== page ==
SERUM URIC ACID IN PATIENTS WITH ABNORMAL THYROID FUNCTIONS: A CROSS-SECTIONAL STUDY
Background: Hyperuricemia, a pathologic consequence of over-production or under-excretion of uric acid, is a common biochemical picture in thyroid dysfunctions. This study was designed to determine the serum uric acid levels and the prevalence rates of hyperuricemia in thyroid dysfunctions.
Methods: A cross-sectional study was conducted at College of Medical Sciences and Teaching Hospital, Chitwan in which Serum uric acid concentrations of male and female participants, 30 years or older with the diagnosis of hypothyroidism or hyperthyroidism were estimated. Hyperuricemia was defined as uric acid levels >6.8mg/dL (males) and >6.0 mg/dL (females). Descriptive statistics using frequency with percentage and inferential statistics using parametric and non-parametric tests were used.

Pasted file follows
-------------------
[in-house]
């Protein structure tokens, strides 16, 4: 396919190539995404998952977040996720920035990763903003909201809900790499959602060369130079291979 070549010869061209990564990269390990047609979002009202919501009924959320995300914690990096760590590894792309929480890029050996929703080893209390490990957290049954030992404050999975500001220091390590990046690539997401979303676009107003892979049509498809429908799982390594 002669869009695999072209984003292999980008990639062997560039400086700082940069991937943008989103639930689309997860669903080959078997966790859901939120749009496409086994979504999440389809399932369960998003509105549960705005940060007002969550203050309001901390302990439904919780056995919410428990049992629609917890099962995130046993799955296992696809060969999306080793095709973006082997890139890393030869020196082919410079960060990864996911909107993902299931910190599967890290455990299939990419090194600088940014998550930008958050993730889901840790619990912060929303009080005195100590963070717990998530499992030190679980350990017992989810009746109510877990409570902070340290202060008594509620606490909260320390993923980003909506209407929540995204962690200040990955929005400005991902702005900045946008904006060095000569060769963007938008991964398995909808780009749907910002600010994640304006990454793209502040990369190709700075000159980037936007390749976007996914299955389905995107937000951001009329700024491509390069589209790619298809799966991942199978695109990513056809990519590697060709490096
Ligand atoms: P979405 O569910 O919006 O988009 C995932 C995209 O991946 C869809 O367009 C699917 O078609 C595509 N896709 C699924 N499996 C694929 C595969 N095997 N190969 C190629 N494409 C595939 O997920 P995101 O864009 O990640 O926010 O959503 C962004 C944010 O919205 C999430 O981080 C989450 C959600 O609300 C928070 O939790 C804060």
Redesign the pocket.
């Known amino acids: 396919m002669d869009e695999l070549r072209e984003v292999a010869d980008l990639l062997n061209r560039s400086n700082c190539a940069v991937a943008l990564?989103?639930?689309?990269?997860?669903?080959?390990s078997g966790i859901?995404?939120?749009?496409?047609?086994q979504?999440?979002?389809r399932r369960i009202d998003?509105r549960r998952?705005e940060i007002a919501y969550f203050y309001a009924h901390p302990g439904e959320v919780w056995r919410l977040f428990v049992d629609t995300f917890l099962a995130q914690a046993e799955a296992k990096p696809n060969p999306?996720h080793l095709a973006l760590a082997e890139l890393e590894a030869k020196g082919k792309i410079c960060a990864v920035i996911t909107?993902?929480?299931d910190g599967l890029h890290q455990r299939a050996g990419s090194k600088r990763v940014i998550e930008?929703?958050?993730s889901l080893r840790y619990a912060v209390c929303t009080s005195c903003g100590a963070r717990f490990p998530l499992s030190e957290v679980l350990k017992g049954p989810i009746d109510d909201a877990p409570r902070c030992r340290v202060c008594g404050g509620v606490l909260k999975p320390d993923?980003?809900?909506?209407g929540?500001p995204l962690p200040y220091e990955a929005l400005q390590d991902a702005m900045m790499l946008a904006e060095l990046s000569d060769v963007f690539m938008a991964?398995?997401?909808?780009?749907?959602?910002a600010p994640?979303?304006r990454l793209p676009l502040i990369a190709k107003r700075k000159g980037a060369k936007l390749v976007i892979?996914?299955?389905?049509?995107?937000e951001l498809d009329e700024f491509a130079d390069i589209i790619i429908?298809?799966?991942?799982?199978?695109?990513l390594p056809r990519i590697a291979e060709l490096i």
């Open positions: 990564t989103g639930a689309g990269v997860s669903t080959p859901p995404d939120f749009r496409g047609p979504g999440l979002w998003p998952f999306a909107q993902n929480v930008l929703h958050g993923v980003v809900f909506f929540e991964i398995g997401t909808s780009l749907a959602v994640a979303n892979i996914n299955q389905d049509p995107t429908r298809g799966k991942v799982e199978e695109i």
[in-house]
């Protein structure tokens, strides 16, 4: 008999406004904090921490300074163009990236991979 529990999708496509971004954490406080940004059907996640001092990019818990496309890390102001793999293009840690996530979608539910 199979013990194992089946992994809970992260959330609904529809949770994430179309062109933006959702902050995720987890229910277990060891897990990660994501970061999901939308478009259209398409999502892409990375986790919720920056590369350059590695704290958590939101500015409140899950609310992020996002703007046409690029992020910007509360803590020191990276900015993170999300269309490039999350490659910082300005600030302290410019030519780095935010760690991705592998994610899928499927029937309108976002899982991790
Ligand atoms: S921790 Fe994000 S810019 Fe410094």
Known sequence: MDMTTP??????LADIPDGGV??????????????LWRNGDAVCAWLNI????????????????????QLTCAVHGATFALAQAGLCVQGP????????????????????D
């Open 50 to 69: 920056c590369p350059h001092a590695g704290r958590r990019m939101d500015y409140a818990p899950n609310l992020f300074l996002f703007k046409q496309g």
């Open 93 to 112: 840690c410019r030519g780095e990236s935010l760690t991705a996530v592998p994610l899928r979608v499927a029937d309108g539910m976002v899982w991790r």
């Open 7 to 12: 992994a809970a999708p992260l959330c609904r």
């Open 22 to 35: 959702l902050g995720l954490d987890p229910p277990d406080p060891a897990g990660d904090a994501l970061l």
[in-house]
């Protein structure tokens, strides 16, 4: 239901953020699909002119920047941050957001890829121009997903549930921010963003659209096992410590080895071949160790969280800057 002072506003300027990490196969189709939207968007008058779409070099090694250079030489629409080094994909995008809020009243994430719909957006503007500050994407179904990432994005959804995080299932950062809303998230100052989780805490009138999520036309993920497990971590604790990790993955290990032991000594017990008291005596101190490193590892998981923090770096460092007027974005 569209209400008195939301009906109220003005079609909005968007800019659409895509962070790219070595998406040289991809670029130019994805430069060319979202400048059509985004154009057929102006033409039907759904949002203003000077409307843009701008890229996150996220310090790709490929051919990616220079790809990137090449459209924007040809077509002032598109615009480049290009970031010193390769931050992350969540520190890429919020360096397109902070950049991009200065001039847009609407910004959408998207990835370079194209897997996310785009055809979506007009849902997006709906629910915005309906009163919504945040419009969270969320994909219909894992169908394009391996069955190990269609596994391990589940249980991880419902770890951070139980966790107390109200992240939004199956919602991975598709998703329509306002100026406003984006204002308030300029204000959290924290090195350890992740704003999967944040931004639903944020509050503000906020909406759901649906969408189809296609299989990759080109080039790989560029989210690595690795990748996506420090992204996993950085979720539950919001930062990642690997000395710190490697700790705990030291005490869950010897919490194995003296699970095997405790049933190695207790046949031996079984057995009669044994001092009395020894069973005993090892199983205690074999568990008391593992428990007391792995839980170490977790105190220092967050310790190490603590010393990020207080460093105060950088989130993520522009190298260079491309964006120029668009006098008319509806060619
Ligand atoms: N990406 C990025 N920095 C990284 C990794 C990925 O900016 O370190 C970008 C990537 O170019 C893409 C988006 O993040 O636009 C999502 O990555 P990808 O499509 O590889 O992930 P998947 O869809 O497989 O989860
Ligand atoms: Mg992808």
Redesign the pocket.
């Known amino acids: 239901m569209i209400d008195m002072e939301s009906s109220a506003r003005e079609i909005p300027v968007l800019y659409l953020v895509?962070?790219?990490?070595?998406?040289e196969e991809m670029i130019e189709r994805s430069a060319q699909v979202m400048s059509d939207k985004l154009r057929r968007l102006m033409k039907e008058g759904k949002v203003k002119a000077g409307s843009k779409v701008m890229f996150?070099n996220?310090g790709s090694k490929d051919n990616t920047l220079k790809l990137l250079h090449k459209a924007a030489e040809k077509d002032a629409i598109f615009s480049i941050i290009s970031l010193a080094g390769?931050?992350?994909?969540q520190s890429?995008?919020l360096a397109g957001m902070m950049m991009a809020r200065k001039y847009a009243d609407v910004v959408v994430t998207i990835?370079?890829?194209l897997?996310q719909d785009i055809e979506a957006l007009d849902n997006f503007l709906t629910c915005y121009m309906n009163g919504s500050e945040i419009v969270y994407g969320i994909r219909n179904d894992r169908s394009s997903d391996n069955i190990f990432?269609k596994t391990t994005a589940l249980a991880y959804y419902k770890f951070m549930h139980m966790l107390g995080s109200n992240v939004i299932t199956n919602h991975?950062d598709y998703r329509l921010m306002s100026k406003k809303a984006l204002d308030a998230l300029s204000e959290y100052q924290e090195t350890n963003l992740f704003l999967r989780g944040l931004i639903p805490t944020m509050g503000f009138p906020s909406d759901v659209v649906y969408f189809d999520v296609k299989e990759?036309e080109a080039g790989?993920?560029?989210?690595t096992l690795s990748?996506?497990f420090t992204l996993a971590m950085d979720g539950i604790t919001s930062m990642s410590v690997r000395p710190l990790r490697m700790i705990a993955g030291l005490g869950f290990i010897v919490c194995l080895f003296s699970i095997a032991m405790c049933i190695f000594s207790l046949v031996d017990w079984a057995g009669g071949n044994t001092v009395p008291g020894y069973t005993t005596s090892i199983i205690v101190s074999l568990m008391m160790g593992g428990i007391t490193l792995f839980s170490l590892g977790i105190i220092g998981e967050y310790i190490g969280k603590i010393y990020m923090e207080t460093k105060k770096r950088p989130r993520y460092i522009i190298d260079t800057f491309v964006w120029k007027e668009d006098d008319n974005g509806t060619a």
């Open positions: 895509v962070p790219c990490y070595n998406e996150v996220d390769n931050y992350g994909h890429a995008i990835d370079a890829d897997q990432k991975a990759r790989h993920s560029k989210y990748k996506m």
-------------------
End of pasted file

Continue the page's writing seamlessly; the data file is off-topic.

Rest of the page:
Results: In the total 249 participants, the prevalence of hyperuricemia was 30.5% (32.9% in hyperthyroid and 26.1% in hypothyroid patients). Similarly, the mean serum uric acid levels in these patients was 5.46 ± 1.88mg/dL (5.60 ± 1.71 in hyperthyroid and 5.20 ± 2.13mg/dL in hypothyroid patients). Hyperuricemia was present in 32.6% of the female and 27.6% of the male patients. Likewise, the rate was 28.1% in 30–40 years old, 30.0% in 40–50 years old, 30.9% in 50–60 years old, and 32.8% in >=60 years old participants. There was no significant association between hyperuricemia and age or gender in overall participants and in participants of either of the two groups of thyroid dysfunctions (p>0.05).
Conclusions: The reported prevalence of hyperuricemia in thyroid dysfunctions justifies the need of further studies to understand the causal relationship between thyroid status and serum uric acid.
Copyright (c) 2019 Kushal Bhattarai, Nilu Manandhar
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